Sunday, October 11, 2009

Market Recap For The Week Of October 12, 2009

Every day lower prices are becoming less so. Zillow.com reports that homebuyers paid a median of 3% below the last listing price for properties in August. While that amounts to $6,525 in savings, it is still less than the median 3.3%, or $7,018, buyers paid below listing price in July.

To be sure, additional price firming is needed before the market swings in favor of sellers. In some markets, pricing weakness remains an intractable problem. To wit, buyers in the Vero Beach , Fla. metropolitan statistical area were able to negotiate a median of 8.9%, or $20,974, off the last listing price in August, according to Zillow's data.

Nevertheless, in many markets, particularly those on the lower end, prices are firming or have already firmed. For example, in two well-known overbuilt California markets, the El Centro and Stockton MSAs, buyers paid a median 2.2% ($2,479) and 1.3% ($2,515), respectively, above listing price.

A Confounding Interest Rate Environment

What is going on? We keep warning that mortgage rates cannot go much lower, and yet each week they keep going lower. The phenomenon is difficult to explain: Gold – a traditional inflation hedge – is up over $100 an ounce in the past three months, yet over the same period, the yield on the 10-year Treasury note – a mortgage-rate base – is down nearly half a percentage point.

Meanwhile, Federal Reserve officials keep making a case for higher interest rates down the road, though they keep pushing the case further down the road. Federal Reserve Chairman Ben Bernanke says the Fed will reverse course and tighten policy when the economic outlook improves sufficiently, though he also said accommodative policy would be needed for an extended period.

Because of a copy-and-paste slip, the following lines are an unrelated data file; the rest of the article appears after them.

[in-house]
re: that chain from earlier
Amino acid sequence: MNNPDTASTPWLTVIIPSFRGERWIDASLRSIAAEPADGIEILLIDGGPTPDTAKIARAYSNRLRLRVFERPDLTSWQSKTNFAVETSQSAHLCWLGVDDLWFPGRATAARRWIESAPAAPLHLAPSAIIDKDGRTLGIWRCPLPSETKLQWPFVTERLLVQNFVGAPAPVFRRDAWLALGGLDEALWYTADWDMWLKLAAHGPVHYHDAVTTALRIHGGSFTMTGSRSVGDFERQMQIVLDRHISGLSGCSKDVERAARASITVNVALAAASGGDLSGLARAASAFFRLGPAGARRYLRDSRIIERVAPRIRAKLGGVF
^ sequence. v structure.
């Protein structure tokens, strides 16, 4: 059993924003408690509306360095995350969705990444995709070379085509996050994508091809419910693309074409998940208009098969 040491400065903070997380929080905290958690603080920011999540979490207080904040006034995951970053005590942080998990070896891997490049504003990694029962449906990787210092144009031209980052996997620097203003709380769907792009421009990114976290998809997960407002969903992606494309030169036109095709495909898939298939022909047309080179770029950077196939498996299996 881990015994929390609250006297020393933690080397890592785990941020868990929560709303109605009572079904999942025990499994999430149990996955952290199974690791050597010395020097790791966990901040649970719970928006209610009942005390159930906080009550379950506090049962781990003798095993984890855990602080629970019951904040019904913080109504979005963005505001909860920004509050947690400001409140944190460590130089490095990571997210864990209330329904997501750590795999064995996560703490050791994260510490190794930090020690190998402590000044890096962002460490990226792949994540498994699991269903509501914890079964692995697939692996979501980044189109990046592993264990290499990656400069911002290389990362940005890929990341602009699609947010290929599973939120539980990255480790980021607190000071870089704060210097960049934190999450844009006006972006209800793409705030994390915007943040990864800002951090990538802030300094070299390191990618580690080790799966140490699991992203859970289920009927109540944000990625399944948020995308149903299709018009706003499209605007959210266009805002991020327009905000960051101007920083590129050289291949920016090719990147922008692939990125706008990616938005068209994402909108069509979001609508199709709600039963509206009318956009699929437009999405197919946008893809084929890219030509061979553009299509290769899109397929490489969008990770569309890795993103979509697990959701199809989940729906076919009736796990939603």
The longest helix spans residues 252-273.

Does that mean we have been off base on our prognostication for higher mortgage rates anytime soon? We still do not think so. Yes, the 10-year Treasury note's yield has moved considerably lower over the past 90 days, but we can't overlook the fact the U.S. dollar has taken a pounding this year from record-low interest rates and massive fiscal spending. We also cannot overlook record-high gold prices, the record-level of liquidity pumped into the economy, and the prospect of the economy improving quicker than many market-watchers expect.

Therefore, we feel confident in saying – yet again – that this is a darn-good mortgage-rate environment, but it is a mortgage-rate environment unlikely to be so good in coming months.

Lower-end markets have obviously benefited from the $8,000 first-time buyer's tax credit, set to expire November 30. The looming expiration date has more than a few housing-market pundits worried that the sales trend could reverse course. It is a legitimate concern, but it is also worth noting that other variables formulate the buying decision, and no variable is more important than employment. Most of us know that the unemployment rate increased to 9.8% in September. However, recent data show seasonally adjusted unemployment insurance claims fell 6% nationally, hitting the lowest number since January.

Of course, mortgage rates are another important buying-decision variable. On that front, Bankrate.com reports that the national average for a 30-year fixed-rate mortgage is around 5.2% and around 4.6% for a 15-year fixed-rate mortgage. Freddie Mac's survey has each loan averaging thirty basis points lower than Bankrate.com.

If you are concerned with the first-time homebuyer’s tax credit expiring, do not be too concerned. We think odds favor an extension. The American Land Title Association, the National Association of Realtors, and the National Association of Home Builders have all been lobbying hard. In addition, Mark Zandi, chief economist at Moody’s Economy.com and a consultant for many influential politicians, is not only advocating extending the credit through August but also making it available to all homebuyers.

From the Mortgage Matters Publication

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